Logitech Trackman Portable Review

Overview of trackball

The TrackMan Portable Mouse is a trackball produced by Logitech for use with notebook computers, starting around 1992. Logitech produced both PS/2 and Serial versions of this trackball; mine is the PS/2 version, model number T-CE3.

Trackball rear

The TrackMan Portable is designed to attach to the side of a notebook keyboard using a clip. The clip can then be attached to the mouse itself at whatever angle is most comfortable. Additionally, the trackball has a PS/2 cable to connect to the port on a notebook computer, which can be routed to either side of the trackball. It is, however, far too short for most desktop use. Unfortunately, the TrackMan I picked up was missing the clip entirely, so it could not attach to anything. Xah Lee has a page on this trackball with some photos and additional information, including photos of the clip portion.

The trackball has three buttons; the left/primary button is around the outer edge of the curved portion. The right/secondary button is the large bar button at the base of the trackball and the third button is the small dot on the face. The trackball would therefore be gripped as follows, which isn't too far off a typical thumb-operated trackball:

Holding the trackball

By default, the tracking direction is oriented such that "up" is towards the Logitech logo (e.g. direction my thumb is pointing in the photo above). Unfortunately, the tracking itself is where things start to fall apart. In a word: it's horrible, with very stiff rubber rollers that prevent the ball from coasting at all. If you are used to finger operated trackballs that glide effortlessly, the constant short thumb motions will drive you insane. Obviously there is no expectation that it can compete with a modern optical or laser trackball, but even contemporary steel roller trackballs such as the older models of Kensington Expert Mouse or CH Products Rollermouse will run circles around this.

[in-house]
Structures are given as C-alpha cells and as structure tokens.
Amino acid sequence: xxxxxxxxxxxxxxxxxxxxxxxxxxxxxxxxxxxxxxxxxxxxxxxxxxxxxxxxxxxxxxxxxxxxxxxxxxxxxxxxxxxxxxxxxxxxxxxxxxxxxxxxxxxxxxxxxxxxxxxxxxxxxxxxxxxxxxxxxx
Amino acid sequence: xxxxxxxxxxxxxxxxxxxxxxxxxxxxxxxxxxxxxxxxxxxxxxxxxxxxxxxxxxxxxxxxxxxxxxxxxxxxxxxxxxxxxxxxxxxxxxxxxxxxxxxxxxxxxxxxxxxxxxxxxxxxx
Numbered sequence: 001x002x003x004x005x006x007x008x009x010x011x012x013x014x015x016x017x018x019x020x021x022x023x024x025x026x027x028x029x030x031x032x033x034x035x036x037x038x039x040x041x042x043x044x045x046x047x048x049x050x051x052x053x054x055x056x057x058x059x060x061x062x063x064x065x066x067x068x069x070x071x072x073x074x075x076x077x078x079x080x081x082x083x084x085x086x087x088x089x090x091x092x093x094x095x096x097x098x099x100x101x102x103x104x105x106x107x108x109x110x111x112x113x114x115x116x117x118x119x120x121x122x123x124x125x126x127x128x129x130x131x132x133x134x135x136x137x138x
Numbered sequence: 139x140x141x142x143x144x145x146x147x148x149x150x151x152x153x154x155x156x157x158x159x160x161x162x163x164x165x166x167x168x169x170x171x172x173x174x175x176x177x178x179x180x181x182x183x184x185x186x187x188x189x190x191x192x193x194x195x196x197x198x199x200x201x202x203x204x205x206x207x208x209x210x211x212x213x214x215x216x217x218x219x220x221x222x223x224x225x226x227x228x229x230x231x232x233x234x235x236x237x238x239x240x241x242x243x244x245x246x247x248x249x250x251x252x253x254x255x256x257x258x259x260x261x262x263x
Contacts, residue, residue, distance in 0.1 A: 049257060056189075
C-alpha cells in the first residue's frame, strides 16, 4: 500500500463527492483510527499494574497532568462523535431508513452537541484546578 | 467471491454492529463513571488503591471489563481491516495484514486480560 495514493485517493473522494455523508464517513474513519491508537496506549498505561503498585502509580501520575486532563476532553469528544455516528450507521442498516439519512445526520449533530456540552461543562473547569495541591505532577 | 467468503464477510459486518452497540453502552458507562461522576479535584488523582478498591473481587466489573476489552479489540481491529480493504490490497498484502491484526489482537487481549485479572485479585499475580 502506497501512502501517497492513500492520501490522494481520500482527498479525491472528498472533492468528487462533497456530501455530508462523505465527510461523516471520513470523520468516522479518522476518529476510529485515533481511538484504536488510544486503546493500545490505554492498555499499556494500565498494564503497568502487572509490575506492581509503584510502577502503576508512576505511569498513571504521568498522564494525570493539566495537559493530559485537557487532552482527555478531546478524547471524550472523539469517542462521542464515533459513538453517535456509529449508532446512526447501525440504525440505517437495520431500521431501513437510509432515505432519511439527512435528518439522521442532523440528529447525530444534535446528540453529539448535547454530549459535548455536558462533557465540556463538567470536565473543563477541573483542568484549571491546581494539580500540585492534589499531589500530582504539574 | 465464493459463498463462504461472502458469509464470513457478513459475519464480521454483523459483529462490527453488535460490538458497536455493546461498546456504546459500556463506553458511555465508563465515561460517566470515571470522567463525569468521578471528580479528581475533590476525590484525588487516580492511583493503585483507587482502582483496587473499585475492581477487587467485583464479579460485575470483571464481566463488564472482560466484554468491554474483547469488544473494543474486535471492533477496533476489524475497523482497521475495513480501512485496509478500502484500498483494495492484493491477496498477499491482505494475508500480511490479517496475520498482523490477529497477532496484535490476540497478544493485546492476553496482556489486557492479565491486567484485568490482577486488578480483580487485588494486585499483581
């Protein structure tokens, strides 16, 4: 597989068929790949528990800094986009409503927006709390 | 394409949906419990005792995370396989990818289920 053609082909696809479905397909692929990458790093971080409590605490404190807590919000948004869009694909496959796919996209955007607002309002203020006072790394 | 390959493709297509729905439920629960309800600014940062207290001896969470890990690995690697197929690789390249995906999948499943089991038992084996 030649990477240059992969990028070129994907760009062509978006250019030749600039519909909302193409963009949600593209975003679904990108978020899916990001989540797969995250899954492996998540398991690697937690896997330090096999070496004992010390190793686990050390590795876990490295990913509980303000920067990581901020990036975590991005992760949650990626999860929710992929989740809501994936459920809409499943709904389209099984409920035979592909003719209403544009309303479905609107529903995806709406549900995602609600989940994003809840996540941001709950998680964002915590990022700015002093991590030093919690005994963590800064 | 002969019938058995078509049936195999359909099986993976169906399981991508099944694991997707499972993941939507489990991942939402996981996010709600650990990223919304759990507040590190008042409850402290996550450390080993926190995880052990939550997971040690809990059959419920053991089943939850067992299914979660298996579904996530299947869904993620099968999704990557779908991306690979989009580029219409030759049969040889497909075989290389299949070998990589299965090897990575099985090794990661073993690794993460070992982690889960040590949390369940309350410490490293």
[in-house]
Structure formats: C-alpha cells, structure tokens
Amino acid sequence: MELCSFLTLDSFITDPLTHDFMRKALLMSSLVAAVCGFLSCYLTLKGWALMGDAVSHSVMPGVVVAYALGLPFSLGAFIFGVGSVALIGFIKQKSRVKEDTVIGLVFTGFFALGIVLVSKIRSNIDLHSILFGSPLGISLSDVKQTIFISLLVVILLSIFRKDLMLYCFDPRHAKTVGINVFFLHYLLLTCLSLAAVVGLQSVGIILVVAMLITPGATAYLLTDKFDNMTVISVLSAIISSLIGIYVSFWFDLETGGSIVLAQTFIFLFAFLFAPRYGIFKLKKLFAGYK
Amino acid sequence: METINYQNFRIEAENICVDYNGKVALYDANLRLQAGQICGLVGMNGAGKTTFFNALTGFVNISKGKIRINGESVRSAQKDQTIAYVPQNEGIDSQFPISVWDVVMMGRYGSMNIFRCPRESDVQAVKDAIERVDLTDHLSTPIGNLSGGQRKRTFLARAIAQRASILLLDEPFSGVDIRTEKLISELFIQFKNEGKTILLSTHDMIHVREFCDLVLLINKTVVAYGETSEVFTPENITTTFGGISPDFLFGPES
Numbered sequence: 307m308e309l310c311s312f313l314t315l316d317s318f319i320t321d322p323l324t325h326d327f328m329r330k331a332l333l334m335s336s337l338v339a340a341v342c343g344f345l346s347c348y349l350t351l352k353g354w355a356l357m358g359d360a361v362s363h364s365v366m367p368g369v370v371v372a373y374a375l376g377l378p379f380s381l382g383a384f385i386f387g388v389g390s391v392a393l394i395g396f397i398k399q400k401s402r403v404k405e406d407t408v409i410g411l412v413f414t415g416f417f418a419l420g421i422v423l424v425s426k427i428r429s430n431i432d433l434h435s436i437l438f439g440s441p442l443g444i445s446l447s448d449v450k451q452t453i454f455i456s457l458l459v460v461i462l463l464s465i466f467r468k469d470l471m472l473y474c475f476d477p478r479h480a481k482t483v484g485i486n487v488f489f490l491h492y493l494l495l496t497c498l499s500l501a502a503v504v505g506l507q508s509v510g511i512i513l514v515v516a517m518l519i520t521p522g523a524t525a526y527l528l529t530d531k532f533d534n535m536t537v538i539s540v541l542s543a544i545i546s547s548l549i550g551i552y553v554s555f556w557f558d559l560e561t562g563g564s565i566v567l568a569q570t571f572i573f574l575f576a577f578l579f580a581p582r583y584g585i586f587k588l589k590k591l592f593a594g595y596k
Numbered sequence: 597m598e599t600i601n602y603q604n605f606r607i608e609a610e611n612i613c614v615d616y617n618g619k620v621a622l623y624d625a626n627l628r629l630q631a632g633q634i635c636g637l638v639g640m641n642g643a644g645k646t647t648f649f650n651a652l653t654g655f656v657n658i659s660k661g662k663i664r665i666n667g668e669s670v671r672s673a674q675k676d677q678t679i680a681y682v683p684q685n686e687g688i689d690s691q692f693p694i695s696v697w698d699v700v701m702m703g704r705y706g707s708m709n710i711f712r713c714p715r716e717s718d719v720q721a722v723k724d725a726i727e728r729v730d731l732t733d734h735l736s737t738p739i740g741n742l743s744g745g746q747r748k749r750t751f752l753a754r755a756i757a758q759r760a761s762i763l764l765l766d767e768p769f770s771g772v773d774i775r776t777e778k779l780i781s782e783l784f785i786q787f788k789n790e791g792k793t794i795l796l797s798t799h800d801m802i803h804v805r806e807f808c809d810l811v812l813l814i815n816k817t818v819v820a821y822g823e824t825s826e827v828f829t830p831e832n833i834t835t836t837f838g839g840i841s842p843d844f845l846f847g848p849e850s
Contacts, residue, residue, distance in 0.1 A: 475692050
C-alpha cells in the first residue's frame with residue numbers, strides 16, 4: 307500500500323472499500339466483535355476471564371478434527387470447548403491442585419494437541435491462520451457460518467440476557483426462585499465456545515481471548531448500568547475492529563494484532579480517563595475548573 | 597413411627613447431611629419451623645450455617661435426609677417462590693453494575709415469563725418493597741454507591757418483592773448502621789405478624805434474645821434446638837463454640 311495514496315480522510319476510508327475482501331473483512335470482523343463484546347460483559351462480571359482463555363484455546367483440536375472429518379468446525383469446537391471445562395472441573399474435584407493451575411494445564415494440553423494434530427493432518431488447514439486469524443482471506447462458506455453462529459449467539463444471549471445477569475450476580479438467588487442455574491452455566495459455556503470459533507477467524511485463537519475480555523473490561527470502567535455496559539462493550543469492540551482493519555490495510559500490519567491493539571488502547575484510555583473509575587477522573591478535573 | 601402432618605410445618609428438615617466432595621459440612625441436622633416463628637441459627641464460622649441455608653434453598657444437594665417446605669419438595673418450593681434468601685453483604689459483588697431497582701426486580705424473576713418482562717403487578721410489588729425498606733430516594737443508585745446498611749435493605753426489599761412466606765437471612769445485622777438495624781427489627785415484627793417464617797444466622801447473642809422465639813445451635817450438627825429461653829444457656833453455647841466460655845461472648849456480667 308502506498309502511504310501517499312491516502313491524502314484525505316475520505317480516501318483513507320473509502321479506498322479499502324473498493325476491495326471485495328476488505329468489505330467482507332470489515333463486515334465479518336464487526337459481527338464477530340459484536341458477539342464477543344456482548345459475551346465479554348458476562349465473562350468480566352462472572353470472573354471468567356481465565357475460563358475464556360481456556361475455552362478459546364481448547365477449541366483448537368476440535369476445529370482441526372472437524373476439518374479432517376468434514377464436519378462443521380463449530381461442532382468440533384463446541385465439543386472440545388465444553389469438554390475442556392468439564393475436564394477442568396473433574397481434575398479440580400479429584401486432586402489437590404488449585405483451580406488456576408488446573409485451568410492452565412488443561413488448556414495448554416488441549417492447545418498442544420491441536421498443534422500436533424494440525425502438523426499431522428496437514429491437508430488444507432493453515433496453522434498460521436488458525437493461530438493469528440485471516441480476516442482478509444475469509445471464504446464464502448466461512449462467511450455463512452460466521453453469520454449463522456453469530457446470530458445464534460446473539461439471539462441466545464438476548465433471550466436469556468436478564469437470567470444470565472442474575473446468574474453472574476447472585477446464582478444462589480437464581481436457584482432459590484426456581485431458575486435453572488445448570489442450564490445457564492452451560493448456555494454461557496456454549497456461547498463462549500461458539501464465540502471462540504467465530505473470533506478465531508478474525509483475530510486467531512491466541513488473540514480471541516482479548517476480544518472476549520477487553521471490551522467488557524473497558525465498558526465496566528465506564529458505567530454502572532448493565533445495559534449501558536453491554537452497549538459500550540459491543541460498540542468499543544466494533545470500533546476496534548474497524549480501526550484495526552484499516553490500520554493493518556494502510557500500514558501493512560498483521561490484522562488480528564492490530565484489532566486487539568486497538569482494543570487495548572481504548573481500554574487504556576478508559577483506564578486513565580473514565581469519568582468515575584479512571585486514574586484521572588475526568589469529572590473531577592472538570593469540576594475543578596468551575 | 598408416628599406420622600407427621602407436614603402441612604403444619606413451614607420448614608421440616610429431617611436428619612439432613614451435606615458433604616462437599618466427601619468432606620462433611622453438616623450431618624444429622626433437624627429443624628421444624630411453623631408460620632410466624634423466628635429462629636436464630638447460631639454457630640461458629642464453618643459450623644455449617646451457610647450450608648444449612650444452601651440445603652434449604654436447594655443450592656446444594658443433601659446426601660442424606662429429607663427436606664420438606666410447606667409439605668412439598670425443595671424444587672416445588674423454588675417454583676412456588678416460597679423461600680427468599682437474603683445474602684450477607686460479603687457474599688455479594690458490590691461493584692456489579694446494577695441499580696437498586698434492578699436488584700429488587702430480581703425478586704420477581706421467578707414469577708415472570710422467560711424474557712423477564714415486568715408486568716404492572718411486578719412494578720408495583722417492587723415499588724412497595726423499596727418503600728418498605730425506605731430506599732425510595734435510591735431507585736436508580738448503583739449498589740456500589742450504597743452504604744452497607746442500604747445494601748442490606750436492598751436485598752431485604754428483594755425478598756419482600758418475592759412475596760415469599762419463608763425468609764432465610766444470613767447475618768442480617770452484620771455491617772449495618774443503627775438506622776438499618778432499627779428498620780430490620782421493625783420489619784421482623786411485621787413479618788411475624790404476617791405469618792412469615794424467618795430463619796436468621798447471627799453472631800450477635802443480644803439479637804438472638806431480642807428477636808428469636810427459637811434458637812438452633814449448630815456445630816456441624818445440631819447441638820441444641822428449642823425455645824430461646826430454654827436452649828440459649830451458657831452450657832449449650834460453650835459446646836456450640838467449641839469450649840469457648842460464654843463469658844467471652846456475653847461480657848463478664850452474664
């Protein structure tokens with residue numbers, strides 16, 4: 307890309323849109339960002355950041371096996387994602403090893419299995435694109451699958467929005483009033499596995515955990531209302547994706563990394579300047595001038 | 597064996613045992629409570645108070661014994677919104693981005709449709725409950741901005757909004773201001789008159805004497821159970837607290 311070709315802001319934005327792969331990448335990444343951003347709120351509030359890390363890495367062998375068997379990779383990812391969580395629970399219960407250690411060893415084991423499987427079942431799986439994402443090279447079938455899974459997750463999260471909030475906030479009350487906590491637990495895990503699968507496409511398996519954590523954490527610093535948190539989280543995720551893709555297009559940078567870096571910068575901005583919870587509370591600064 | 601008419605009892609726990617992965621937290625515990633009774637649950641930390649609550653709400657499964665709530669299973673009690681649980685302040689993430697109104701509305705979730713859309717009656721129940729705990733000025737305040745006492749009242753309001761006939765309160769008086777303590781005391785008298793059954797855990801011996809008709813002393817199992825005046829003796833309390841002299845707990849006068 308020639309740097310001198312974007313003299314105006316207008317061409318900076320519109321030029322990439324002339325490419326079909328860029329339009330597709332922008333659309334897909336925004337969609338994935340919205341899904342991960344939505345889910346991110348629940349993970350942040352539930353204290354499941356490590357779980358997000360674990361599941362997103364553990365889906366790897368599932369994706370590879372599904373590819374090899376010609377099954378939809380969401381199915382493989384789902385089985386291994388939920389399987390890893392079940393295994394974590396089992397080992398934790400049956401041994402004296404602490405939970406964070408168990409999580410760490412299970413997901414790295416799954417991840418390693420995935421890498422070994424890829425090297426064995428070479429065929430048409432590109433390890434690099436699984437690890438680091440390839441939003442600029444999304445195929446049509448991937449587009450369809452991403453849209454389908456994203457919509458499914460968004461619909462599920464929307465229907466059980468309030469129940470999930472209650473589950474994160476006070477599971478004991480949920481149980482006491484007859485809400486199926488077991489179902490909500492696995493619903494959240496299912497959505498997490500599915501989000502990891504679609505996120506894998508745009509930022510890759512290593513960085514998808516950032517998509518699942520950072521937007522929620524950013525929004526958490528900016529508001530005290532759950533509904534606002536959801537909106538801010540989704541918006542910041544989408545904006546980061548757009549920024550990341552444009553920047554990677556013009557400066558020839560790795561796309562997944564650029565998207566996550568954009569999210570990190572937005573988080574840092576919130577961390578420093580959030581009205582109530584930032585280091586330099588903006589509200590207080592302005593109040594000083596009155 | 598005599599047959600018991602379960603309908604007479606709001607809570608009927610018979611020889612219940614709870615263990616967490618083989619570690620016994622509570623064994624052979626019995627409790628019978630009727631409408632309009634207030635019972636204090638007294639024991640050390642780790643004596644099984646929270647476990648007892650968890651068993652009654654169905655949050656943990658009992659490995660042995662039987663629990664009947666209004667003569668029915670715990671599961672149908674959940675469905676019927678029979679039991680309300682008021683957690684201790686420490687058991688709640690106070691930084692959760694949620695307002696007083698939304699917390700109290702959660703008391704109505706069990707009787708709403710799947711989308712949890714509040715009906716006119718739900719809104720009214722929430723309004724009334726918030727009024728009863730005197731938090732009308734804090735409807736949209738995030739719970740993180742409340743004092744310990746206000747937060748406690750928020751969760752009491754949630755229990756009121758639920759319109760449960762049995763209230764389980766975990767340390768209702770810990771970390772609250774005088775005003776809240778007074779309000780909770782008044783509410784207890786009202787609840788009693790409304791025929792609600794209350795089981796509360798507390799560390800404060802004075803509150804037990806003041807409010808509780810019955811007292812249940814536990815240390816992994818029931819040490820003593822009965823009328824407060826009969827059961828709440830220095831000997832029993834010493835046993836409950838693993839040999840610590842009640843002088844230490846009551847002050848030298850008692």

What's Inside

Opening this trackball takes a bit of effort. There are no screws, so it requires prying the case open with a thin, hard device such as a spudger or jeweller's screwdriver. If you wish to open yours, take a look at the following photos to note the positions of the latches and push against them to disengage.

Trackball case open Broken clip

... without breaking them. Whoops. With it open, let's take a look at what we end up with.

PCB (ball side) PCB (rear side)

As an opto-mechanical device, there's not really that much surprising here. As expected above, the ball is secured by some basic rubber rollers, similar to a ball mouse. Each of these connect to a slotted, encoding disk which will be read by the decoder itself.

Interestingly, there are four buttons on the PCB, which implies that the left and right hand versions of this trackball are internally identical. Perhaps the button mechanism can be swapped by the user, but I didn't try it. With the problems opening the device in the first place, I'm in no rush to do it now.

All I/O is connected, with a whole pile of surface-mount resistors, to a Motorola chip. It has the following labelling:

330073-00 C1 0, 
<Logo> D18E
LLDR9305

Unfortunately, my web search skills are failing me today; I can't find any data sheets or even a description of what series it comes from. It is most likely a very simple micro-controller or communications chip to encode the button states and optical encoder step counts into the PS/2 mouse protocol.

Wikipedia has good articles on both opto-mechanical mice and the PS/2 protocol, so I won't go into more details on either topic. If anyone wants me to, please leave a comment.

Conclusion

While an interesting historical curiosity, nobody should use these nowadays. The tracking is awful, it's based on PS/2, it requires a separate clip to attach to anything, and the short cord prohibits desktop use. If you need a PS/2 trackball for retro computing, there are plenty of better options.

For mine, I ended up removing the cable and using it as a desk ornament.

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